On aging…

I was at work the other day when I spotted an exceptionally unruly strand of hair poking out of the top of my head. That I could spot this stand of hair above all the others competing for chaos on my head was something of an achievement to behold, so it was with a warm sort of admiration for this daring strand that I decided to get a closer look. That admiration soon faded when I found myself looking at The First Grey, a single strand of grey hair so cunning that it lived in a world that defied the laws of physics as we know them. Upon the sighting of The First Grey, I had expected a degree of ceremony and I found myself holding my breath expecting someone to pop out of a corner and hand me a gilded plague officially proclaiming me to be “over the hill”. But instead of marking the disappearance of my youth with fanfare, all I found myself surrounded by was an eerie silence and the stark realisation of how alone I was. I leaned in closer to the mirror before me and pulled at my face bearing an uncanny resemblance to the popular Edvard Munch painting. I felt like I could stand that way for an eternity and it would still not be long enough to figure out how my youth had slipped through my fingers. How did I manage to get old without even noticing it? Somehow in all of my finite wisdom, I had never realised that I would age, or rather that I would grow old. I thought it was something that only happened to other people.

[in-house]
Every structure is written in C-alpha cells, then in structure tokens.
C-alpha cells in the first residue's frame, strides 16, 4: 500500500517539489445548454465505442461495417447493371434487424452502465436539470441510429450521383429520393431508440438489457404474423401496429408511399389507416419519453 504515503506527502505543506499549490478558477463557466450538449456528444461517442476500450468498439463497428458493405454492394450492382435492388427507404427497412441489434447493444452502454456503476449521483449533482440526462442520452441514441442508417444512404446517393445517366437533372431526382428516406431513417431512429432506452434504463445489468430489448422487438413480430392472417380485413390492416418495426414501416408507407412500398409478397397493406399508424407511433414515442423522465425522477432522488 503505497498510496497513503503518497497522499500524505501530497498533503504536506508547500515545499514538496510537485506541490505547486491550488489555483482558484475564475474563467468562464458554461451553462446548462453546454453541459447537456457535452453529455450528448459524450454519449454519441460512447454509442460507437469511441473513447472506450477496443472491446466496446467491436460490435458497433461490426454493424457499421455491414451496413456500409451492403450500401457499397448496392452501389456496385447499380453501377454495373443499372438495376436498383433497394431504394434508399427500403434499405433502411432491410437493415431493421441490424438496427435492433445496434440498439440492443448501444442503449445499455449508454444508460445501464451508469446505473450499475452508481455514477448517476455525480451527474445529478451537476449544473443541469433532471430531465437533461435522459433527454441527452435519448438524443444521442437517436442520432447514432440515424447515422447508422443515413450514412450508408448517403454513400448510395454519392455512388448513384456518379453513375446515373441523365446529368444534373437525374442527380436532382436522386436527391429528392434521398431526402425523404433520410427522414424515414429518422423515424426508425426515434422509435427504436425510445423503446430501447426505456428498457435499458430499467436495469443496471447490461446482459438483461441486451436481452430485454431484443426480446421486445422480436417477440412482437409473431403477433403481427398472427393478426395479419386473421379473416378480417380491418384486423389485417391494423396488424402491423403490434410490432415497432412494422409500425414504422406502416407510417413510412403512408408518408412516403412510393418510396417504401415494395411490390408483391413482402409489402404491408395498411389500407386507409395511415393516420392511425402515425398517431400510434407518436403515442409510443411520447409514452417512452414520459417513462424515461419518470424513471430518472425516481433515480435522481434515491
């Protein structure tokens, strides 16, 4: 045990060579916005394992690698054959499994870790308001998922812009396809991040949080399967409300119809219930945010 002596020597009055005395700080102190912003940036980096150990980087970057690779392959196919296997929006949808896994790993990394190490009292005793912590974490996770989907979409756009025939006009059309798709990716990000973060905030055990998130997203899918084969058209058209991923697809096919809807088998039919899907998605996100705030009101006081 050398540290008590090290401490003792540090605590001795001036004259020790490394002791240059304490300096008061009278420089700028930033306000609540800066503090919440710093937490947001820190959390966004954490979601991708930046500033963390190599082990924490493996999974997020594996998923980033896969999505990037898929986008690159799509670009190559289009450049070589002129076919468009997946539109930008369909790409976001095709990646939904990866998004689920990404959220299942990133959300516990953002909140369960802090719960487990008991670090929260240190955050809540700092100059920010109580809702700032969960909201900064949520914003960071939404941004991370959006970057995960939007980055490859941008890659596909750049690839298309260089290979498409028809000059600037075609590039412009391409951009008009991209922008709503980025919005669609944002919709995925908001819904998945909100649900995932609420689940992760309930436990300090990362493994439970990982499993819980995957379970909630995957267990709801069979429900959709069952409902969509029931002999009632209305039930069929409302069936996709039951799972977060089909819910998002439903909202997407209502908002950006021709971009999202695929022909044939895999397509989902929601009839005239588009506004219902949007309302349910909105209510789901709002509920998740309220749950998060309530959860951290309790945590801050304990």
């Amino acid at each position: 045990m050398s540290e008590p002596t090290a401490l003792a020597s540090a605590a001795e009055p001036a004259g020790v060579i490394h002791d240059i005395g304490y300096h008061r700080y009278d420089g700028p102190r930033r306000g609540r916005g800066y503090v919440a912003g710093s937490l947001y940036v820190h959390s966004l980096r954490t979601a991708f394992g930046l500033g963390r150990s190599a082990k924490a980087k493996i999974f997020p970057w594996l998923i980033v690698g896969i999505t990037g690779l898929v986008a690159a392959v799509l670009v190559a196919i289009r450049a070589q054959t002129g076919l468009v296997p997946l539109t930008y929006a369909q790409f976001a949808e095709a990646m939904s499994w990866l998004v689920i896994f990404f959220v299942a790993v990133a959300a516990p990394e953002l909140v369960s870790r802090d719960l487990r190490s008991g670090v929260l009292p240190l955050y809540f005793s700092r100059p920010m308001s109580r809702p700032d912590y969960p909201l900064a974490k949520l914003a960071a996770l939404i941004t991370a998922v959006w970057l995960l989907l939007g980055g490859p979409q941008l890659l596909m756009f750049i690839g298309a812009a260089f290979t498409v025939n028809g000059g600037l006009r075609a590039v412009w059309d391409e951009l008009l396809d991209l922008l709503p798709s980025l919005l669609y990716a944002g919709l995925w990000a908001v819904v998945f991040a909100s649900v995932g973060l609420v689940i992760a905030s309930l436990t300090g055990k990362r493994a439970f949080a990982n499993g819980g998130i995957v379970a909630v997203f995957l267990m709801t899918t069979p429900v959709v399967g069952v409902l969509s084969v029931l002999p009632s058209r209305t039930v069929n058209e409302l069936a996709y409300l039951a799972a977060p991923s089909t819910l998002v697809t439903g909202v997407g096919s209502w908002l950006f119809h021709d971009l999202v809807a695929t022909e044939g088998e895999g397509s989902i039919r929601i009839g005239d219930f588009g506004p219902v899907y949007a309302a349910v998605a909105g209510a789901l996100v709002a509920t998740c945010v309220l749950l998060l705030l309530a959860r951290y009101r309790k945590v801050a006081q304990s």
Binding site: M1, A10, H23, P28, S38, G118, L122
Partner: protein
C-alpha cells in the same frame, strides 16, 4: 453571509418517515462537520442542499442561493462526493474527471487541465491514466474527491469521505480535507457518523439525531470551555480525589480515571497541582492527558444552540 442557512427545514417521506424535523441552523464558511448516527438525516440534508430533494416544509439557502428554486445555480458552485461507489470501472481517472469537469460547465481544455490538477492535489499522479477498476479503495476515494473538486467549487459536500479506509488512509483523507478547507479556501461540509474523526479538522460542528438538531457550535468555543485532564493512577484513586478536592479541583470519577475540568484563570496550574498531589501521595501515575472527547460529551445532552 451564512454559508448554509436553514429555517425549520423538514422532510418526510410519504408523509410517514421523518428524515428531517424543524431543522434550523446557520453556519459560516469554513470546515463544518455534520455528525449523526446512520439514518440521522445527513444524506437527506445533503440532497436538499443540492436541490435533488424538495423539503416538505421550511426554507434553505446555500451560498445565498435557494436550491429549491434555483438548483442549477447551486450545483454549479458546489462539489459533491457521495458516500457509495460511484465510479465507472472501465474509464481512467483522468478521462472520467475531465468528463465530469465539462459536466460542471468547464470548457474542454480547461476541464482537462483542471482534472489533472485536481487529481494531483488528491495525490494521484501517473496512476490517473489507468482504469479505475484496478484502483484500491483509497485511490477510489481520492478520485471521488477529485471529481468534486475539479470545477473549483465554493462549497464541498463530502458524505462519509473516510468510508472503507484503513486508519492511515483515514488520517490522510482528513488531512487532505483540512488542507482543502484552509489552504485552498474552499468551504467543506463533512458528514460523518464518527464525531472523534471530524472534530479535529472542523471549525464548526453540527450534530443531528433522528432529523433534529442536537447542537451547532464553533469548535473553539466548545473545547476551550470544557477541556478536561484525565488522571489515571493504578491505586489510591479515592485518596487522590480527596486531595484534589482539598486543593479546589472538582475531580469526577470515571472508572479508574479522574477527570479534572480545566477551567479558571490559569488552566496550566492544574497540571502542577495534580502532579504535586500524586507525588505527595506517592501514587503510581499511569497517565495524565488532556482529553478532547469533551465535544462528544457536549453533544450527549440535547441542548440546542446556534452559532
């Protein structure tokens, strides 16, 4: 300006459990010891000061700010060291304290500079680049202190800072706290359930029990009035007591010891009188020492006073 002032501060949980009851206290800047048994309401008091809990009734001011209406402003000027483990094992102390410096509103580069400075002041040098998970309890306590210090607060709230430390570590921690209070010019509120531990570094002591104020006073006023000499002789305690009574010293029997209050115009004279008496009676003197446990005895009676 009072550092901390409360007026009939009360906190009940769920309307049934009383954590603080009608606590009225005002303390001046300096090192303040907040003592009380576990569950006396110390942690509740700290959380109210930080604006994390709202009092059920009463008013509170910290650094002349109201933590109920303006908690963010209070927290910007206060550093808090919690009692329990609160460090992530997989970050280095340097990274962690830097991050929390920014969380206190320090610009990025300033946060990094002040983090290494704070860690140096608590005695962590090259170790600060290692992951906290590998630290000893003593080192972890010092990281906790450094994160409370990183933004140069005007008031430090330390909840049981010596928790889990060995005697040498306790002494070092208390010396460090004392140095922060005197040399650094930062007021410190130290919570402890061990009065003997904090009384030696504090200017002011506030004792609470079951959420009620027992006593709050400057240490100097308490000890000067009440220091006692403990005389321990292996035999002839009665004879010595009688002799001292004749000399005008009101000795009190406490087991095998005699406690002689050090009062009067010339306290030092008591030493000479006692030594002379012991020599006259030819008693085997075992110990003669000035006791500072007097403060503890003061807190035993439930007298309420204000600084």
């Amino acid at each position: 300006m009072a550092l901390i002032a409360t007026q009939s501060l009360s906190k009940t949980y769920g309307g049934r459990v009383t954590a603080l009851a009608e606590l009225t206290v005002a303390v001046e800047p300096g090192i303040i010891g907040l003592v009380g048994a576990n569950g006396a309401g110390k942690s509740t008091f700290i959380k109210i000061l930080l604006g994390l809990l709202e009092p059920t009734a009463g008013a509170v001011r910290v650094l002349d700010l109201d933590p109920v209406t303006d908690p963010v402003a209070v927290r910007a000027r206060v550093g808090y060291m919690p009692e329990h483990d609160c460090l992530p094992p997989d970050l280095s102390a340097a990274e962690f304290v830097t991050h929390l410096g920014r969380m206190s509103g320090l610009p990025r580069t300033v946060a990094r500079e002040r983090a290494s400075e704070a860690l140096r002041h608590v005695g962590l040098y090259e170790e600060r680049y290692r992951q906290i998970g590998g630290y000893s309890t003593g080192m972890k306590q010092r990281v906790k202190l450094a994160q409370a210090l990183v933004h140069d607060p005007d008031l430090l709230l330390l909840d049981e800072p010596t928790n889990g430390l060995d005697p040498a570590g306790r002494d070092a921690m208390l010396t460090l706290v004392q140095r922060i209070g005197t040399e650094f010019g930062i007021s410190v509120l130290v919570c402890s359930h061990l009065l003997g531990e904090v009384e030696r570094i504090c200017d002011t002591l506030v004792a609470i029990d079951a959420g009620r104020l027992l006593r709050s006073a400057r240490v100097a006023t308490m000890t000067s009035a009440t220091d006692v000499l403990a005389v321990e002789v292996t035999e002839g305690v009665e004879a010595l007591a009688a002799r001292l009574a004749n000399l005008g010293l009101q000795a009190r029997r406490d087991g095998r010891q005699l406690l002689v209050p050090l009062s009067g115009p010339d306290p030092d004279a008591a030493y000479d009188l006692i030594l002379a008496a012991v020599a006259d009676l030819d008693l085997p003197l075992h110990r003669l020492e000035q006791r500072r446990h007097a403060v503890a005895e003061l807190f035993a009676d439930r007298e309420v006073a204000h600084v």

The version of me prior to The First Grey, would have expected me to face The First Grey with laughter and with the usual shrug of the shoulders sort of nonchalance. It wasn’t as though I subscribed to the notion of being “too old” for something, it wasn’t that I even felt “old” myself. But the version of me five seconds after The First Grey, was feeling decided uneasy. Logic be damned, I was getting old here and I could no longer talk of aging in abstract terms. I felt like I was losing something, like I was losing something beyond my youth, I was losing my relevance. Even in thinking it, I was shocked and annoyed by how fickle I sounded. Wasn’t I the woman who never truly cared about her appearance or was that just the arrogance of youth? The First Grey scared me and the fact that it did, saddened me. I wondered if I should let go of my face and cling to something more substantial. I felt the unmistakable pull of aging dragging me towards a place I dared not go and my impotent, yet unavoidable reaction, resistance. It was a dark vortex that would etch lines into my skin and steal plumpness from places necessary to inject into places previously unknown. I thought there would be more, you know. More to my life when I faced The First Grey. Wasn’t I supposed to have figured out things by now, like how not to look up the word “hegemony” every time I come across it? Wasn’t I supposed to have read all the books in my library? Wasn’t I supposed to know what I wanted to be “when I grew up”? I have always faced the world with a sense of curiosity that has both served me well as well as been something that I’ve been proud of, but now I see ambivalence in its place and wonder why it is that I don’t know more. Why it is that I don’t have more answers.